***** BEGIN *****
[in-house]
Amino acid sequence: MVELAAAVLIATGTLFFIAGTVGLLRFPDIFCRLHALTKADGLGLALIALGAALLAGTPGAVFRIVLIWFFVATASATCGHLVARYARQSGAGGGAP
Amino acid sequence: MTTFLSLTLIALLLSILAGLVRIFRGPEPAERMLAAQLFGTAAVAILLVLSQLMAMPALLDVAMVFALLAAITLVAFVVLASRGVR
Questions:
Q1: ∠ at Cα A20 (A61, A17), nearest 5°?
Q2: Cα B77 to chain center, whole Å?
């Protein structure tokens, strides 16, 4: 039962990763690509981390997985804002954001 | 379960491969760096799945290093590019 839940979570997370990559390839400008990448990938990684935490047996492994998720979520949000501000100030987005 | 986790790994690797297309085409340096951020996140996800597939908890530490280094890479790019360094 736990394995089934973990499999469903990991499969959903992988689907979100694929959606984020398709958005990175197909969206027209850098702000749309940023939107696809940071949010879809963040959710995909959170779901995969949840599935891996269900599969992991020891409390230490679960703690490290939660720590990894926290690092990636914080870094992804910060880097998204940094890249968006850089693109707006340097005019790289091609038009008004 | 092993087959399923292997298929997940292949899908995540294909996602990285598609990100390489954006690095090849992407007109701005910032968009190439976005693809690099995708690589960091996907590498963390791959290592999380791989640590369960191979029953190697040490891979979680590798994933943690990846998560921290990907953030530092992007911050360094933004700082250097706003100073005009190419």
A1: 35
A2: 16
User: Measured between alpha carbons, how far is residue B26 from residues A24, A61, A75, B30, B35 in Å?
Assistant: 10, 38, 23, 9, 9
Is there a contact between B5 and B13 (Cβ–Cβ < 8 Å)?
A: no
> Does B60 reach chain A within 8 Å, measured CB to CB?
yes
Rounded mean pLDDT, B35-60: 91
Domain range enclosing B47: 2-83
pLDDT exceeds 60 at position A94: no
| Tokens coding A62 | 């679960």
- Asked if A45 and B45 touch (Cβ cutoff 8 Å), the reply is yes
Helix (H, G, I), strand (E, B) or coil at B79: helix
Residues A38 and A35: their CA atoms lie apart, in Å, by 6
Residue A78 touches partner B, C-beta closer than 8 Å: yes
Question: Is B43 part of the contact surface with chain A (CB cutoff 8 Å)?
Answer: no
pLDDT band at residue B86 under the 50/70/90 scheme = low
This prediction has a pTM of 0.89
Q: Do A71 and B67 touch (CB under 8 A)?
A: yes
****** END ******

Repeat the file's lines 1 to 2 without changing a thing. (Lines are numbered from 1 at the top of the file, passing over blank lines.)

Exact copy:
[in-house]
Amino acid sequence: MVELAAAVLIATGTLFFIAGTVGLLRFPDIFCRLHALTKADGLGLALIALGAALLAGTPGAVFRIVLIWFFVATASATCGHLVARYARQSGAGGGAP